First-year medical students participate in summer research program at WVU

First-year medical students participate in summer research program at WVU

A group of first-year medical students are participating in the WVU Health Sciences Initiation to Research Opportunities (INTRO) summer program. The students were selected to spend nearly 10 weeks of their summer after the first year in medical school participating in either clinical or basic science research in a lab with a research mentor. They will receive a stipend of $4,000.

This year’s pool of participants included first-year medical students from WVU, Marshall University and the West Virginia School of Osteopathic Medicine.

The INTRO program affords first-year medical students the opportunities to gain more research experience in a lab with a research mentor. Many times, the student will discover that they have a publication originate from the research project, or they will be able to present their research at a national conference. This experience also gives them the competitive edge they need to apply for medical residencies.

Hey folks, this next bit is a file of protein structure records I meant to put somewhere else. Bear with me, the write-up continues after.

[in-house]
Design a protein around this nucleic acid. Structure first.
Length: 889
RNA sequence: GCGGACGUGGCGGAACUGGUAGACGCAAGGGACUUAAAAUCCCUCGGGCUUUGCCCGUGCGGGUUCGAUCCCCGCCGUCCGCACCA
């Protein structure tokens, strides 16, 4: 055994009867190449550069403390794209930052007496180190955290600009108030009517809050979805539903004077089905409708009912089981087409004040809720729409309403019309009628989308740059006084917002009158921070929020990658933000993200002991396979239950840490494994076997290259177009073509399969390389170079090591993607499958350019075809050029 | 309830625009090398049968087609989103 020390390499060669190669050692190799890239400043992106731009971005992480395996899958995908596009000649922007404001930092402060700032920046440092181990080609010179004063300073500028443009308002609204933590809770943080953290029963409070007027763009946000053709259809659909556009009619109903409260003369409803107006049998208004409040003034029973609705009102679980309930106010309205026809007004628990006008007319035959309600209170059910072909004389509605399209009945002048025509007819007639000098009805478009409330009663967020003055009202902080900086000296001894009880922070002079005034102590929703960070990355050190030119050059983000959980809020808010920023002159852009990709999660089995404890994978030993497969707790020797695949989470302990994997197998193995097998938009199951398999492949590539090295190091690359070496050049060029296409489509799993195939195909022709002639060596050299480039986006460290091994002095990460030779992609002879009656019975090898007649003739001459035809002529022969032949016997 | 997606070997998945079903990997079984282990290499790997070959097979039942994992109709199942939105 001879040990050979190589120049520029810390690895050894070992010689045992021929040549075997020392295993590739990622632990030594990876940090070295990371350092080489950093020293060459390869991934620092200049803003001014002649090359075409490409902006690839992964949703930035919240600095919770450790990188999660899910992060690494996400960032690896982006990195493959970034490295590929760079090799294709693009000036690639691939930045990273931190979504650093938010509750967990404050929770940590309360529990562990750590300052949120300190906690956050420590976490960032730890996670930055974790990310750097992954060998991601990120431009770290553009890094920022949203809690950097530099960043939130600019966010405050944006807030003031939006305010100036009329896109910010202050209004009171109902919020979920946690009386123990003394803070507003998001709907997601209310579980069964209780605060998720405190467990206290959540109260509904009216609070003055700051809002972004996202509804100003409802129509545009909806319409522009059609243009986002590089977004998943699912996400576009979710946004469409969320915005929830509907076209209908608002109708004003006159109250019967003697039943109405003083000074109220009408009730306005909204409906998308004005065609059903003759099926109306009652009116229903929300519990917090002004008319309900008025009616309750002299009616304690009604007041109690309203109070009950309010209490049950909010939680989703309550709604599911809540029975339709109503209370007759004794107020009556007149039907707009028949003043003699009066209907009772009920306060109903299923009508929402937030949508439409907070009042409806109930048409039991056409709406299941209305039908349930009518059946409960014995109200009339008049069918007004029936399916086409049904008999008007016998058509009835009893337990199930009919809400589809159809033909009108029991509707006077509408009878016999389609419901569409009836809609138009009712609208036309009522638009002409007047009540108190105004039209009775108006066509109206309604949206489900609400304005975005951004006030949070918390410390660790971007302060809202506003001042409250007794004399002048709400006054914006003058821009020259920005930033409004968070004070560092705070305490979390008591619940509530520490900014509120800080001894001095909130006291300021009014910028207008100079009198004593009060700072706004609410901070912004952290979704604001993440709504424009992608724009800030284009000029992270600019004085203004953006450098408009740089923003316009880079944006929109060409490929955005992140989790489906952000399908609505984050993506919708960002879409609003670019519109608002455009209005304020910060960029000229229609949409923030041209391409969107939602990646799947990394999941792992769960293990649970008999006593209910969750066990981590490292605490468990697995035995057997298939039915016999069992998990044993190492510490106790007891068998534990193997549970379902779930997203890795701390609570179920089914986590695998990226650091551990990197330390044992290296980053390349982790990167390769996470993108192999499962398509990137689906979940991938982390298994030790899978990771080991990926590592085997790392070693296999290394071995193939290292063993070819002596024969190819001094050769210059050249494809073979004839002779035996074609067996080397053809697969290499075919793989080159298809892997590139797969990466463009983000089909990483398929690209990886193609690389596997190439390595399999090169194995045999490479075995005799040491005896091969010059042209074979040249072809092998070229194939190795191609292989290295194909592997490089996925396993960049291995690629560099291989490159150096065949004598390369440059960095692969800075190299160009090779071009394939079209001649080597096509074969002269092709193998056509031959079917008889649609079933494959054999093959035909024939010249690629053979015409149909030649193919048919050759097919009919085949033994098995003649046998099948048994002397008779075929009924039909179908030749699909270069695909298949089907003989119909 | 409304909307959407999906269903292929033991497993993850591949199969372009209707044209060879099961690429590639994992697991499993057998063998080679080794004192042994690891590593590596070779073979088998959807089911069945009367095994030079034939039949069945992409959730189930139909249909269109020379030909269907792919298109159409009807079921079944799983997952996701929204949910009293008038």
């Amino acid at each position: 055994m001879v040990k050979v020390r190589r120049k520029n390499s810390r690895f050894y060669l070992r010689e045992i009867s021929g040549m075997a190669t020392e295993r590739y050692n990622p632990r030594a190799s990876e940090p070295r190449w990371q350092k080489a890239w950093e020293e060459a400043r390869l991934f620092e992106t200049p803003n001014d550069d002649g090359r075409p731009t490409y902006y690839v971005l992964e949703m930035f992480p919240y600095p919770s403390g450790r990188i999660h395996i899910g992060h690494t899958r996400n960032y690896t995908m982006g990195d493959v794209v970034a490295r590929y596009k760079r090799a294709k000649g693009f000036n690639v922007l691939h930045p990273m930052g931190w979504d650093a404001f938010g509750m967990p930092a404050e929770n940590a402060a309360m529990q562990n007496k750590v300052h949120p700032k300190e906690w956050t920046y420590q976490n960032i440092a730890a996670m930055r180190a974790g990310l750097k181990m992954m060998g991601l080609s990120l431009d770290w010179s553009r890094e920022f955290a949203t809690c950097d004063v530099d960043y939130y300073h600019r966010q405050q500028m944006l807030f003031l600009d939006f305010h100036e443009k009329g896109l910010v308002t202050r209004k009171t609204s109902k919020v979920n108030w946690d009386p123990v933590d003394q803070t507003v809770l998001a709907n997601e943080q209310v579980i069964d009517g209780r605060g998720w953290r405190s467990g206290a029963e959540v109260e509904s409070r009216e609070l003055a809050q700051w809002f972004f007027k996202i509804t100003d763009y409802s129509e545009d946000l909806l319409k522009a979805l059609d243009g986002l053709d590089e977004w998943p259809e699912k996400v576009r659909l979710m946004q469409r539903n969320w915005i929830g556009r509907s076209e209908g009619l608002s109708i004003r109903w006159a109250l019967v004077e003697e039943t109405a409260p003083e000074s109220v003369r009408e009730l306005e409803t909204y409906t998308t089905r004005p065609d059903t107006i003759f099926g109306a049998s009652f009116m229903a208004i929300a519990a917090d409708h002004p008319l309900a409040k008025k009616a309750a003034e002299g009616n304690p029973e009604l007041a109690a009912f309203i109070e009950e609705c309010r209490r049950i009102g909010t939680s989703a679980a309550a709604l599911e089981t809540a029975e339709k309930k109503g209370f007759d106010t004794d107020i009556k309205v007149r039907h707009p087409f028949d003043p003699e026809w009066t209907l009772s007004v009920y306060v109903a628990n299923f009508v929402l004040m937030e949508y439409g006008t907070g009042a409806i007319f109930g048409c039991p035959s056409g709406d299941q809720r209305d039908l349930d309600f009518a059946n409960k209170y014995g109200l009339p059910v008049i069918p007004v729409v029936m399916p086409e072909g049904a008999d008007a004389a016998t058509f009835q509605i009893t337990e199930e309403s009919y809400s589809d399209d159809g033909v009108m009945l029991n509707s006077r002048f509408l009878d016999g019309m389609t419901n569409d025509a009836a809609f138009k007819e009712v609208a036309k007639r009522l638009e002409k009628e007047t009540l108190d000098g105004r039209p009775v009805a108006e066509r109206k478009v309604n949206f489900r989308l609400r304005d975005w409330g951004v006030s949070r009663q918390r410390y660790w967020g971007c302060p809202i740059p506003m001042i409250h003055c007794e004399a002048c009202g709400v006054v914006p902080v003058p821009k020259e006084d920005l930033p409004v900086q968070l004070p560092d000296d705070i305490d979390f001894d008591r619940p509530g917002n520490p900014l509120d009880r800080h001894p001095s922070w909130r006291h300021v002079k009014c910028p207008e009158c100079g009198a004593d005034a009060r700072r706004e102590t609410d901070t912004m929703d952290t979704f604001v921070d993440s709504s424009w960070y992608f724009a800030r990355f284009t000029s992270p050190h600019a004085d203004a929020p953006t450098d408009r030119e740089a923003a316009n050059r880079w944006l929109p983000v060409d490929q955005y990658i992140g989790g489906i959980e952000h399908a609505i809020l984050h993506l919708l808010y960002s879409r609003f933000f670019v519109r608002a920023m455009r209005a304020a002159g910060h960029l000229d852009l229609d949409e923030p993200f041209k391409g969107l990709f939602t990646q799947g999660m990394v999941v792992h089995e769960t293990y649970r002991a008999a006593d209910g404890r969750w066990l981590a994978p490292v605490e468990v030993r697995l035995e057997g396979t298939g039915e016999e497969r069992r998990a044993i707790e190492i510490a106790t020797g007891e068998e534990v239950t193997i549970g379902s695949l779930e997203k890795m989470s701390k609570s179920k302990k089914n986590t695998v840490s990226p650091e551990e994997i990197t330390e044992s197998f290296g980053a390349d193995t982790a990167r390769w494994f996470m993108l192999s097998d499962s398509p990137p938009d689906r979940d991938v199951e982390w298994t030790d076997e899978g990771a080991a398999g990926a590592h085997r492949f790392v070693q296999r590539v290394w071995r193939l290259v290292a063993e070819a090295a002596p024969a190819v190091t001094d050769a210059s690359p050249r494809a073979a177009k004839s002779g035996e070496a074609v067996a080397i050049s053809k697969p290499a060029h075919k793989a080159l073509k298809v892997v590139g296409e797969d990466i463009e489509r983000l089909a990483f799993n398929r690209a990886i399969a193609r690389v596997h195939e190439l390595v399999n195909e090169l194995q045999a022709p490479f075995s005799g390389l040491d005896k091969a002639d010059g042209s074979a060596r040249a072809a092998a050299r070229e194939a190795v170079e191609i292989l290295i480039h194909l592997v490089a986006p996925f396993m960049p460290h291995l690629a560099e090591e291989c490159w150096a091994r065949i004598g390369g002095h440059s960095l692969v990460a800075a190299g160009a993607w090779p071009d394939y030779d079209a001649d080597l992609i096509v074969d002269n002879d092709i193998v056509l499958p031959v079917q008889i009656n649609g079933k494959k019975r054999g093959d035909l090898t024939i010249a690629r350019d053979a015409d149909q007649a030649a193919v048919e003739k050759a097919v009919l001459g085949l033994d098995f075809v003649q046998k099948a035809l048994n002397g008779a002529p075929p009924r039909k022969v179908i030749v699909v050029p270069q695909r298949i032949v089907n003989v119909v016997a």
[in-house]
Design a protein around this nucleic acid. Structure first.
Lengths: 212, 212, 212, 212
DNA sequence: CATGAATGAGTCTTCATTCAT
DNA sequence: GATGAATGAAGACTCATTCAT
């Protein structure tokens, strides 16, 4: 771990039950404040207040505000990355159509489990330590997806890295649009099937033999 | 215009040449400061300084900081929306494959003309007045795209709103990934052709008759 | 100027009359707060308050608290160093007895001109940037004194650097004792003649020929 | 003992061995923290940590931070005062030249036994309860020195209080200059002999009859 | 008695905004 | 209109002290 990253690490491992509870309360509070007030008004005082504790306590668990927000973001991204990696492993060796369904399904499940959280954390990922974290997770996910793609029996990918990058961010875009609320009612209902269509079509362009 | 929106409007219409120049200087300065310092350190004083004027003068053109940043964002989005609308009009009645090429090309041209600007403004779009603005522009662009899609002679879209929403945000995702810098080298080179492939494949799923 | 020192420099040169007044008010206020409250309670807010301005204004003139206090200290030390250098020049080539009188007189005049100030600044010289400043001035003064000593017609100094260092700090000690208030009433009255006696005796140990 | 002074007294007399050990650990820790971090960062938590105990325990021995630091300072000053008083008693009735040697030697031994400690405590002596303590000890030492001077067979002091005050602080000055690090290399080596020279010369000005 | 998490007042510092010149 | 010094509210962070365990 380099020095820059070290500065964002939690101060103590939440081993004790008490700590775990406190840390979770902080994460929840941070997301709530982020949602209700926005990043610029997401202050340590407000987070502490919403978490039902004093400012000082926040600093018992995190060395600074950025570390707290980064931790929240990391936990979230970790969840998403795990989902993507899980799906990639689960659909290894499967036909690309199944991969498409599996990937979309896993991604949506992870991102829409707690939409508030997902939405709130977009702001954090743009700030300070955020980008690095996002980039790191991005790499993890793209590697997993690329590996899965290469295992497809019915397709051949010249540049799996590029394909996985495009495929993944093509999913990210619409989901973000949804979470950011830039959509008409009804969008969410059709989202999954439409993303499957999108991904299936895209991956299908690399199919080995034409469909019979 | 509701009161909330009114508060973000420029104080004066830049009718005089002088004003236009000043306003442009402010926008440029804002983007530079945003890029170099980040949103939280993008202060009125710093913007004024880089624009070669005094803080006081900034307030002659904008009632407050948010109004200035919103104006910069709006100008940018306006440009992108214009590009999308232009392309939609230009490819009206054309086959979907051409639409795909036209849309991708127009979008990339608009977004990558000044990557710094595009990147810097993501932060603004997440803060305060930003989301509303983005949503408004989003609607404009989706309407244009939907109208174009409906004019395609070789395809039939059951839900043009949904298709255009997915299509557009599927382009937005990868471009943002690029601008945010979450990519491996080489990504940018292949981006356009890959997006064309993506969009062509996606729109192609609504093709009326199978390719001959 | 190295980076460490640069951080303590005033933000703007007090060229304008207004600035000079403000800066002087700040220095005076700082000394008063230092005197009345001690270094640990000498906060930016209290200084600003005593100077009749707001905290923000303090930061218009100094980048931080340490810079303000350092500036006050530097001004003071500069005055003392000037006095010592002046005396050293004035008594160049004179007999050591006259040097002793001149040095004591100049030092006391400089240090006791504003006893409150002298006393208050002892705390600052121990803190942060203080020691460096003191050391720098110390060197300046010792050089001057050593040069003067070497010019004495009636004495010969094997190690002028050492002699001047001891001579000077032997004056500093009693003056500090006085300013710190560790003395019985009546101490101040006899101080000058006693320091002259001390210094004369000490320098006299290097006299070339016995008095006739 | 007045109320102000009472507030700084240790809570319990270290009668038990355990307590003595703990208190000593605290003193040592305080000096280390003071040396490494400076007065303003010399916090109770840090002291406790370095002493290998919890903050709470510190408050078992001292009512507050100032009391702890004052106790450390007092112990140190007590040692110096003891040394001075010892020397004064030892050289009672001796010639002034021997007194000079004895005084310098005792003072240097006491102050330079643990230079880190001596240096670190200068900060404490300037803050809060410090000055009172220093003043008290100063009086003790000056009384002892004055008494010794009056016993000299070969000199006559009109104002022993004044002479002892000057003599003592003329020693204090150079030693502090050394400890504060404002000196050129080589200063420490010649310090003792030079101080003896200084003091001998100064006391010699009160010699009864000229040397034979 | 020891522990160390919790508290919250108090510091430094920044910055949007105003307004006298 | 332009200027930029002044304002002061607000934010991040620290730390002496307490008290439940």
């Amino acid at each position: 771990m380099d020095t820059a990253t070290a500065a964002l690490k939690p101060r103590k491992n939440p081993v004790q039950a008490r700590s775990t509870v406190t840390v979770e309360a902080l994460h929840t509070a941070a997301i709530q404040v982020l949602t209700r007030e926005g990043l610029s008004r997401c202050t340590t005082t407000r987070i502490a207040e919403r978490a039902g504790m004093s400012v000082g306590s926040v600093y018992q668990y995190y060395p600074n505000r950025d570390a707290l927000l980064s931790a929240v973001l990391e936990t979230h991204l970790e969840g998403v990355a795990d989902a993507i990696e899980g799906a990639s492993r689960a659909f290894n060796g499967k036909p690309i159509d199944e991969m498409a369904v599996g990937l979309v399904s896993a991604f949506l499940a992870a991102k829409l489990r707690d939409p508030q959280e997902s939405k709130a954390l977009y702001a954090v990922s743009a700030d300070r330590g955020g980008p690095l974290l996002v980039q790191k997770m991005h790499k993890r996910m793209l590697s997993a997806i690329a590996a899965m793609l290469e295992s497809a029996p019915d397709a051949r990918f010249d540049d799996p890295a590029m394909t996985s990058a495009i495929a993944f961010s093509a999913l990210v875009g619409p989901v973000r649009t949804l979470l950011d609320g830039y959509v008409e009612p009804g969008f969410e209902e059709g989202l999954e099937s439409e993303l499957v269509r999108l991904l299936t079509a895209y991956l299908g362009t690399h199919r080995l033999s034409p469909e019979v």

Chizite Iheonunekwu, Corey Moore, and Farrah El Khatib.  Chizite and Farrah are first-year medical students from the WV School of Osteopathic Medicine and Corey is a first-year medical student from Marshall.

In August, these first-year medical students participating in the INTRO research program will be inducted into the prestigious Van Liere Research Society.

A recent orientation and welcome event celebrating their participation emphasized the importance of encouraging and maintaining a research environment for medical students and research mentors. The 2016 INTRO students, who were the first group inducted into the Van Liere Research Society, and their mentors were present.

The INTRO program is jointly sponsored by the WVU Health Sciences Vice President’s Office and the Office of Research and Graduate Education.

The Van Liere Research Society was created in 2016 with robust support from Clay Marsh, M.D., vice president and executive dean of health sciences and Laura F. Gibson, Ph.D, vice president of health sciences research. They recognized the need for a support network for young researchers interested in research beyond medical school. This network will hopefully strengthen relationships between future researchers and provide a nucleus around which to keep a working group of young clinical scientists engaged.

Faculty and staff discussing the program with students at a recent luncheon.